It is a scientific fact that heat rises, but when heat is trapped in an enclosed space, it will migrate in all directions, including downward. The heat of the sun bombards the attic of a house many hours a day. In areas that have extended summers, attic heat will begin to dissipate at night just in time for the sun to start rising again. As heat tries to escape, it will gravitate toward cooler temperatures in the interior of the house.
To solve this problem of attic overheating, some builders design attics with ventilation. Other builders disagree on the grounds that putting ventilation in the attic will simply invite more heat to enter. Homeowners may solve the problem by cranking up the air-conditioning. While this will provide an immediate solution, it doesn’t help in the long term. In fact, you could end up with an overworked air conditioning system and sky high energy bills.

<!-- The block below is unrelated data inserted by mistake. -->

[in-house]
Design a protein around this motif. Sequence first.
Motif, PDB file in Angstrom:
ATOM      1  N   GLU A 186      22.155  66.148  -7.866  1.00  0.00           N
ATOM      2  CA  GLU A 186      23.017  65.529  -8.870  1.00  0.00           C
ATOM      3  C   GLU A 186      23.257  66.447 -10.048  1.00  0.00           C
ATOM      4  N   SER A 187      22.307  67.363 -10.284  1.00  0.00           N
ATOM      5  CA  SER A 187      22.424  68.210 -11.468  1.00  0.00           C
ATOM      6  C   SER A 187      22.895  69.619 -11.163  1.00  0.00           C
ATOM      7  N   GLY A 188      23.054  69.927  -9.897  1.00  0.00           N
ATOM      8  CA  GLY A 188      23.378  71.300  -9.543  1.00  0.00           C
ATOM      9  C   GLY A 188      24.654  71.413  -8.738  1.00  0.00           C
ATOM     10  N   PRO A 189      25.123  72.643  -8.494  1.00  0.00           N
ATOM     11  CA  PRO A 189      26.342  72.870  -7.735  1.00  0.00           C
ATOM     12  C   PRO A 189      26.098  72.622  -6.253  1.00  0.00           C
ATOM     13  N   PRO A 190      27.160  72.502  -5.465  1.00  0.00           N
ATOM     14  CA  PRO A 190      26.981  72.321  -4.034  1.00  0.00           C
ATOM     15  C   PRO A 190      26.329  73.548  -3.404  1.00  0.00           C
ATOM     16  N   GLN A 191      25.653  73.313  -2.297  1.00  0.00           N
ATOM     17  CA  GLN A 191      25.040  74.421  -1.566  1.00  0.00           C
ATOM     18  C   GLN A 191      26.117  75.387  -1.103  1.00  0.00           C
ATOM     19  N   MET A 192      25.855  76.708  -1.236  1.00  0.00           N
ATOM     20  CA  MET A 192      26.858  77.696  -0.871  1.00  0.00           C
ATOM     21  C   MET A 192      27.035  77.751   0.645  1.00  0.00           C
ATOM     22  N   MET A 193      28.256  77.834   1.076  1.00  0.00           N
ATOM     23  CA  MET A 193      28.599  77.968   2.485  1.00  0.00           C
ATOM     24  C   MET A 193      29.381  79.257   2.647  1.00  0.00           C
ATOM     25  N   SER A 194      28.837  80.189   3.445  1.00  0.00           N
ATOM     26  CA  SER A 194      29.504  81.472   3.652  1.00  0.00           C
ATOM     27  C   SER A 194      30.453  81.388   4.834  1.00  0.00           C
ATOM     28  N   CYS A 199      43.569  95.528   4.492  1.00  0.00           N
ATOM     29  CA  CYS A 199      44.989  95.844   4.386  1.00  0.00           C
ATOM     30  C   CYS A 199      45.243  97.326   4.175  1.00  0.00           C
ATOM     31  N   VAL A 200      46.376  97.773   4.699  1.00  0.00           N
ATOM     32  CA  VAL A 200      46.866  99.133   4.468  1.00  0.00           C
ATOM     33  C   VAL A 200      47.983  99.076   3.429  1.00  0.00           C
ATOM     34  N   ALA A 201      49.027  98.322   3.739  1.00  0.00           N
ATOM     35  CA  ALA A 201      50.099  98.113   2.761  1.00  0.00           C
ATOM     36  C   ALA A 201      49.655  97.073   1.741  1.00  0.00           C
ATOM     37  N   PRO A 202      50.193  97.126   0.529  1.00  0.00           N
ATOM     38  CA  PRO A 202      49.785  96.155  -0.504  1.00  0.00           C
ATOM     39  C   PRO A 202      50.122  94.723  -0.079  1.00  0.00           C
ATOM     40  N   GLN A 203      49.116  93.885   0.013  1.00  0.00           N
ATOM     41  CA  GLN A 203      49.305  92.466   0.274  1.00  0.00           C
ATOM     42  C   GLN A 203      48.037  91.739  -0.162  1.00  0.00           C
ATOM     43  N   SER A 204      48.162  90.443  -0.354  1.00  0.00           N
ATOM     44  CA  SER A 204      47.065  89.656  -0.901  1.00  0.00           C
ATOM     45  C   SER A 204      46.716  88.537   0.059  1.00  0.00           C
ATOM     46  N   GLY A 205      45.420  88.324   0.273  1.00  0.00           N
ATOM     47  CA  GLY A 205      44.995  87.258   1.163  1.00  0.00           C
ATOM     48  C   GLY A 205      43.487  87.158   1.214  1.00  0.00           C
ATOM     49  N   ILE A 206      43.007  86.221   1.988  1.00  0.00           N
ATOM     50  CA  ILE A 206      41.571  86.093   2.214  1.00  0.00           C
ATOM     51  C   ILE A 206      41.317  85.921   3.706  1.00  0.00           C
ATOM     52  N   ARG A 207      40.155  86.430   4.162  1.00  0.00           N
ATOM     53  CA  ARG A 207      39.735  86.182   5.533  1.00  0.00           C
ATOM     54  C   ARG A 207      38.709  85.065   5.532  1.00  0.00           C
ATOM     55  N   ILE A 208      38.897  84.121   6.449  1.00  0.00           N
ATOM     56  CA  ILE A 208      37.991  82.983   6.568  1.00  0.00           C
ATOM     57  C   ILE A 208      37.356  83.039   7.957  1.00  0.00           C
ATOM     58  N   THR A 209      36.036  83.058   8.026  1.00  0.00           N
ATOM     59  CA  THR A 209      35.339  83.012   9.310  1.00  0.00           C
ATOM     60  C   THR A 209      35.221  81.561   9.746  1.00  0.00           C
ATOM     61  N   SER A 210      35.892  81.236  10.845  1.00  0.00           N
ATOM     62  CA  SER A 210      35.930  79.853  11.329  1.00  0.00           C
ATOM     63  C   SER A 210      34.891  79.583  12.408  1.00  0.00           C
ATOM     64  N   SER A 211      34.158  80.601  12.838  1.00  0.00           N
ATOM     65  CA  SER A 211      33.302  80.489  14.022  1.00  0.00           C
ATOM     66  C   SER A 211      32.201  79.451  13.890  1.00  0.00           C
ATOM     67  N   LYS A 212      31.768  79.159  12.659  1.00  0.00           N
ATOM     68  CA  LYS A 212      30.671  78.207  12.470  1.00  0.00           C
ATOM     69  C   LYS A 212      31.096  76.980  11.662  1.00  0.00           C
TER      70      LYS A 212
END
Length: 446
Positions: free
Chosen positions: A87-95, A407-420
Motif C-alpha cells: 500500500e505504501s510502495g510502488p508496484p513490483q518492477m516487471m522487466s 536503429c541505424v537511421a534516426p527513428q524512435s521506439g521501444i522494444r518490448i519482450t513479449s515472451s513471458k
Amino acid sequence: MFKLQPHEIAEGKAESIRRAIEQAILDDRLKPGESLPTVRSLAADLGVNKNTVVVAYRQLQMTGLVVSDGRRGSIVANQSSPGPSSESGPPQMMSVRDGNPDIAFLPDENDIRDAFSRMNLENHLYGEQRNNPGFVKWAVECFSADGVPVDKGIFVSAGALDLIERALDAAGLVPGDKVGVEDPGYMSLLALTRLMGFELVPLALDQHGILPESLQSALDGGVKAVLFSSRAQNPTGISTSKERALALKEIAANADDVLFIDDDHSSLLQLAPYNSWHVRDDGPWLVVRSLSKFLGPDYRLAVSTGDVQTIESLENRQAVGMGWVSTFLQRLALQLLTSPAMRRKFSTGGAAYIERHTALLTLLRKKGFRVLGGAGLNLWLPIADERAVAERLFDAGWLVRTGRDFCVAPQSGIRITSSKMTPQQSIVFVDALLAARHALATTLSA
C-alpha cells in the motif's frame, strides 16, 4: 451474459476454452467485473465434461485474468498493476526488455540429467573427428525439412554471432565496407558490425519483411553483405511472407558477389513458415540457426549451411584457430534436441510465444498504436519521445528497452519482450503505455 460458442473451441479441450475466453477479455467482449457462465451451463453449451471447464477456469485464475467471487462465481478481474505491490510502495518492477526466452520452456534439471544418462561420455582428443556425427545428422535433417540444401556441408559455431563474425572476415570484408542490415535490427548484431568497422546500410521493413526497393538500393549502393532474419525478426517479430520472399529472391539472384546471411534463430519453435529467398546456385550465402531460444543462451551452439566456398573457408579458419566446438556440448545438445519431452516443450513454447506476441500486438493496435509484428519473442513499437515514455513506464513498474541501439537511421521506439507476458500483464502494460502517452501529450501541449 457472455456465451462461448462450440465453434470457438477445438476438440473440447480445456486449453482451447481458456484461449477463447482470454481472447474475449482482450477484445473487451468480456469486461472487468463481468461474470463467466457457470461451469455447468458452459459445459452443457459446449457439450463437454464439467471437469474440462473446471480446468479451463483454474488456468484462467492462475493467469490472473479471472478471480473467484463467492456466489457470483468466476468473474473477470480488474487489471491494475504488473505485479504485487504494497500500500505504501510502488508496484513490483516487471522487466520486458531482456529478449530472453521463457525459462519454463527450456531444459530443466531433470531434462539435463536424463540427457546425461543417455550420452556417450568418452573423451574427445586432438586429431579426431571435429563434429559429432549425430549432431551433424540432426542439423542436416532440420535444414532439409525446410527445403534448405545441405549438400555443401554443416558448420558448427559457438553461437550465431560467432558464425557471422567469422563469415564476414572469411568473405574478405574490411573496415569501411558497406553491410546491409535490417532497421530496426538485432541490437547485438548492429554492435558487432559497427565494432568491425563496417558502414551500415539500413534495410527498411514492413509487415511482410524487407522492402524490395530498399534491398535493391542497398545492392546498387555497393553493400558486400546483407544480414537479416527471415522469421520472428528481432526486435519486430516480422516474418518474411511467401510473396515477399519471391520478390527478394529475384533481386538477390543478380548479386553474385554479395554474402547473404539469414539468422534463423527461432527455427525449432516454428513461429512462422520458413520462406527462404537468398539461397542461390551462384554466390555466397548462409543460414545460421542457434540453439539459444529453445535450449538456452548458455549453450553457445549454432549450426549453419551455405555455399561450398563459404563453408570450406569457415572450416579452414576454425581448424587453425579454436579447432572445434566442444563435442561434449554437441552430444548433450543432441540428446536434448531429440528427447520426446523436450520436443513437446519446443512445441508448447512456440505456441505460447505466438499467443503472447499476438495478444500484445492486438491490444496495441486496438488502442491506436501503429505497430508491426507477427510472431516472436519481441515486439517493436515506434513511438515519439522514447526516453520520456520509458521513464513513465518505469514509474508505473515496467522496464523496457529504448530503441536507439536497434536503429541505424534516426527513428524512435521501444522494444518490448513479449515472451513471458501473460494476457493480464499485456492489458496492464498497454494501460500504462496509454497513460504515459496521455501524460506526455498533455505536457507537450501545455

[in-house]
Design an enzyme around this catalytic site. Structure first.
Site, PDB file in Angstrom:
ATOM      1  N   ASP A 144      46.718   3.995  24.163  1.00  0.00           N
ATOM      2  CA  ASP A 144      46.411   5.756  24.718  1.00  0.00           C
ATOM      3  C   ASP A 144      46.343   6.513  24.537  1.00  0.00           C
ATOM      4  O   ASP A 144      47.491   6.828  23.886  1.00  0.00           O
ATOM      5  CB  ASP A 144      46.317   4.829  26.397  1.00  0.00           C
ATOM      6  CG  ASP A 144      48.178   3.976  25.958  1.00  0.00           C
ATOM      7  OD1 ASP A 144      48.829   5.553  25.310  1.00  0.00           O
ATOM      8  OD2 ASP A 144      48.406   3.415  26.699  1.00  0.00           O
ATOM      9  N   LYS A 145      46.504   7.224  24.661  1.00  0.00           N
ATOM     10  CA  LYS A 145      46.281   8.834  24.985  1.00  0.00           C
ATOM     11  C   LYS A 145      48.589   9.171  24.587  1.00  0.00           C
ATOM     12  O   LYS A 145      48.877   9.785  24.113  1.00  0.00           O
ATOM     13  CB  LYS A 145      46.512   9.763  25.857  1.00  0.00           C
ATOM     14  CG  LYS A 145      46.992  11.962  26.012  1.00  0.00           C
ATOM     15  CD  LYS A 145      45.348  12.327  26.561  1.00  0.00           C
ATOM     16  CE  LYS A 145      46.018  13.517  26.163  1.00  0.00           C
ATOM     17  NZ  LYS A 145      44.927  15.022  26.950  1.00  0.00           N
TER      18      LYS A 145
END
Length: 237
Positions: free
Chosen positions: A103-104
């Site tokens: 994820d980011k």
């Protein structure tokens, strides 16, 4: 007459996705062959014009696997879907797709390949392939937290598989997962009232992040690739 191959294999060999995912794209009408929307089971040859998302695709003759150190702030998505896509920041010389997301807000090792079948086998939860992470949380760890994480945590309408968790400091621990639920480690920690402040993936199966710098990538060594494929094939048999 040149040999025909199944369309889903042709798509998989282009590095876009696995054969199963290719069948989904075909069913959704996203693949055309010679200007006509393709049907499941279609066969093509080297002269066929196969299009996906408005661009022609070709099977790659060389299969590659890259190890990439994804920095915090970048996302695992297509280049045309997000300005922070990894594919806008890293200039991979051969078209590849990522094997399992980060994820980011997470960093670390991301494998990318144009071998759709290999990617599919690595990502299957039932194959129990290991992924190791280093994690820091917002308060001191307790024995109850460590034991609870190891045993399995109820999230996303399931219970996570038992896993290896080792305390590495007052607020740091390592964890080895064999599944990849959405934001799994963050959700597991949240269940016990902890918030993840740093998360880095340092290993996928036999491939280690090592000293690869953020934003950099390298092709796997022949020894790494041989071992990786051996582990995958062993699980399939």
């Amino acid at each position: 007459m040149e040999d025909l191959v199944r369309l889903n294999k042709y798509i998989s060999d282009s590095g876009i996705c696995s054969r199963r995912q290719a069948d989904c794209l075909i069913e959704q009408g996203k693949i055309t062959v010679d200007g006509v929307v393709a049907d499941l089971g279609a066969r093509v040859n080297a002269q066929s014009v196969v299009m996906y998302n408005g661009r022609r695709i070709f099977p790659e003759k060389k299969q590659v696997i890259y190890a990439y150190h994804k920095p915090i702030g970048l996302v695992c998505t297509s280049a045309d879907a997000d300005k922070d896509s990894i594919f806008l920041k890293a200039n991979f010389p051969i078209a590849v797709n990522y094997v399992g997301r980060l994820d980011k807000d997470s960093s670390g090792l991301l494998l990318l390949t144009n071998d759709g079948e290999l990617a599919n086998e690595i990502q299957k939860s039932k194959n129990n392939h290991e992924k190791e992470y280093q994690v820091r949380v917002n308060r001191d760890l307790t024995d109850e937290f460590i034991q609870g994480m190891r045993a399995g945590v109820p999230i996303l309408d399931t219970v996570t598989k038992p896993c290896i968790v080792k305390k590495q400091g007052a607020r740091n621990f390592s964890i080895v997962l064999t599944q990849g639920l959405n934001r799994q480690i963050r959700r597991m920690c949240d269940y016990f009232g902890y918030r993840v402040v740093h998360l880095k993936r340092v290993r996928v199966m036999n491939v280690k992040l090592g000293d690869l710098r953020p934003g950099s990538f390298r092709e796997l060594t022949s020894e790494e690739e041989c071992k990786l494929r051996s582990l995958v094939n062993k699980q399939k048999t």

The best idea is to provide ventilation under the roof assembly. Ventilation is an intake and exhaust system that makes airflow possible in an area. Opening up just one area will not create airflow. To observe this inside your house, open a window on one side of the home when it is hot and stuffy inside but breezy outside. You will not notice much of a difference in the air temperature inside the house. However, if you open a window on the opposite side of the home, you will feel airflow and, ultimately, lower temperatures inside.
To increase attic airflow, install both an intake and exhaust vent. Ventilation, coupled with insulating the attic using fiber blowing machines and other insulation blowing equipment, will help keep temperatures moderate and also prevent mold and mildew from infesting the attic.